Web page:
British Coal officials refused to comment last night, but Markham Colliery in Derbyshire is the first of 12 pits being 'market-tested' to stop cutting coal. All but a handful of the men at the pit voted to accept an enhanced redundancy package which the management said would be withdrawn tomorrow if they refused to accept. If the miners had carried on working, some could have lost more than pounds 12,000, industry sources say.
Markham is one of three pits, out of those being being market- tested, which management is now seeking to close. Miners at Rufford in Nottinghamshire have voted to close their pit.
Gordon Butler, the National Union of Mineworkers' senior official in Derbyshire, said management had bought off resistance by offering different sets of workers fresh severance terms. Only 100 face workers are left as employees of British Coal and they have now accepted the redundancy deal, he said. The rest had continued working at the colliery, but for contractors. It was 'privatisation by stealth'. The pit is now on 'care and maintenance', presumably waiting for a private buyer, the union believes.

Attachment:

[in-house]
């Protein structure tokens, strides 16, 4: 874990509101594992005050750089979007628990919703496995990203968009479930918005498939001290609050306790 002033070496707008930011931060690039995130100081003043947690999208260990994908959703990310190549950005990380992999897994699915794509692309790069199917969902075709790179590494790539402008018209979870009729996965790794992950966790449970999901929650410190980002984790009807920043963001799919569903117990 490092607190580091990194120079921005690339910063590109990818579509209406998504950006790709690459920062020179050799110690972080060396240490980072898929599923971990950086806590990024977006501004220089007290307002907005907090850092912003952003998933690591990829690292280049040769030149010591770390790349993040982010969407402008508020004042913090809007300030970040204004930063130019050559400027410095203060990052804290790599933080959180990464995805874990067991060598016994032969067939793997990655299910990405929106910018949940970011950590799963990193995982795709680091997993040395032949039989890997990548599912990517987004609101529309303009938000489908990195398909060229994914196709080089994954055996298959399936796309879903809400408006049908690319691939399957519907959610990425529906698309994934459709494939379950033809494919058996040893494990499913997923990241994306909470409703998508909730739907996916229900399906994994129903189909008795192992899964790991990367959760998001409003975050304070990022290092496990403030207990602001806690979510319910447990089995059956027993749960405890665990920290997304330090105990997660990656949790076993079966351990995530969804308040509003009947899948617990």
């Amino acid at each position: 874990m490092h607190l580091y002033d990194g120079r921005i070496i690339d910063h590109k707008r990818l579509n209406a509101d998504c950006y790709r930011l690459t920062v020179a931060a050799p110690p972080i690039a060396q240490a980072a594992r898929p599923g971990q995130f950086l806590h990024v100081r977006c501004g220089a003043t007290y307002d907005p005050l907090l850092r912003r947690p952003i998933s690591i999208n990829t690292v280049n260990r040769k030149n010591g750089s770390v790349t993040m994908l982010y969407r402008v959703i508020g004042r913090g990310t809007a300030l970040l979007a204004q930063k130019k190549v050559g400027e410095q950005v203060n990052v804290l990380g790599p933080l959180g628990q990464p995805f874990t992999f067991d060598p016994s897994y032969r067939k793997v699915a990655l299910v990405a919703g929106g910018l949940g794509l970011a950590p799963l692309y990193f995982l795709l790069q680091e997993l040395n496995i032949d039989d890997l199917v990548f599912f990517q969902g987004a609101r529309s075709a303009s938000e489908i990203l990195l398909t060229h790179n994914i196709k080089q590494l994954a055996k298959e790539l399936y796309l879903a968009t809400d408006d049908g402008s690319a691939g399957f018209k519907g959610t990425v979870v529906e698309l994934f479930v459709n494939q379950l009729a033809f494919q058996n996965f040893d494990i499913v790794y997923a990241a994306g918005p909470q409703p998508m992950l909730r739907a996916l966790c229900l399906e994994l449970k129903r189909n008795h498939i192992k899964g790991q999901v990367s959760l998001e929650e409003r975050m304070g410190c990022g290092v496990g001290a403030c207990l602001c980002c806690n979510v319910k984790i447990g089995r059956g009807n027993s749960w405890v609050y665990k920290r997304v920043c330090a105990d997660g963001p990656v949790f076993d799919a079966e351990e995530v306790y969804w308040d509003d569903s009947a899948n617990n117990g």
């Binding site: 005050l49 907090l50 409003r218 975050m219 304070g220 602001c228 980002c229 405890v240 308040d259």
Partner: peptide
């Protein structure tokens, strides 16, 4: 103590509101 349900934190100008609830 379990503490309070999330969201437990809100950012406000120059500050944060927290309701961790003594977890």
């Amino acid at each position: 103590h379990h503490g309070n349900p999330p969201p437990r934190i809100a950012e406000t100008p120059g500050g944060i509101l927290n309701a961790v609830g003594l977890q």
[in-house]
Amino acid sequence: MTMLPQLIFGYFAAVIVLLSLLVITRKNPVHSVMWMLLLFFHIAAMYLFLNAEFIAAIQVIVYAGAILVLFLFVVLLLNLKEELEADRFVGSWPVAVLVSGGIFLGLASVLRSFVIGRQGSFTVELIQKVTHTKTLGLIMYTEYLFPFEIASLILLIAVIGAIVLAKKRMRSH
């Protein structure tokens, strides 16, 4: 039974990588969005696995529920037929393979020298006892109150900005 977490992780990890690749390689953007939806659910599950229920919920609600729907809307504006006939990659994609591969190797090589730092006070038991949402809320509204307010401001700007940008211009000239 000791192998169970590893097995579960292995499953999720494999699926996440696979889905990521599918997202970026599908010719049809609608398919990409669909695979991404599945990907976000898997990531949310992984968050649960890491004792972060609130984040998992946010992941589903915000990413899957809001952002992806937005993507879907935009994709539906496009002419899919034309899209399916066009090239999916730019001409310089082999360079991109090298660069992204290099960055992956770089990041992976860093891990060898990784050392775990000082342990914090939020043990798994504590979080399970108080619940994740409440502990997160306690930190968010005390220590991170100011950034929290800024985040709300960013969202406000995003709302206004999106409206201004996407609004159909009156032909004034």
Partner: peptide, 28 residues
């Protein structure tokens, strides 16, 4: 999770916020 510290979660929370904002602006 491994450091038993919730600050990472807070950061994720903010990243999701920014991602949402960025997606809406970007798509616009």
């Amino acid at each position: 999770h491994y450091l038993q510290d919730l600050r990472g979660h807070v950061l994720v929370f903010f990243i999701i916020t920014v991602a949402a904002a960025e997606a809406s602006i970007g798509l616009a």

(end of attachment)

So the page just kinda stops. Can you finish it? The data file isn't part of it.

Mr Butler said: 'You get interviewed on television to explain what's happening to the industry, but you've only got
2 minutes 30 seconds at the most. You cannot explain how corrupt they've been. Ministers say the men closed the pit, but they don't tell you what pressure they've been put under or about the financial inducements.'
He predicted that similar tactics would be tried at all 12 pits under market-testing.
Rufford and Silverdale in Nottinghamshire and Markham were among the 12 mines that ministers said would be subsidised after a backbench revolt in March over pit closures.Reuse content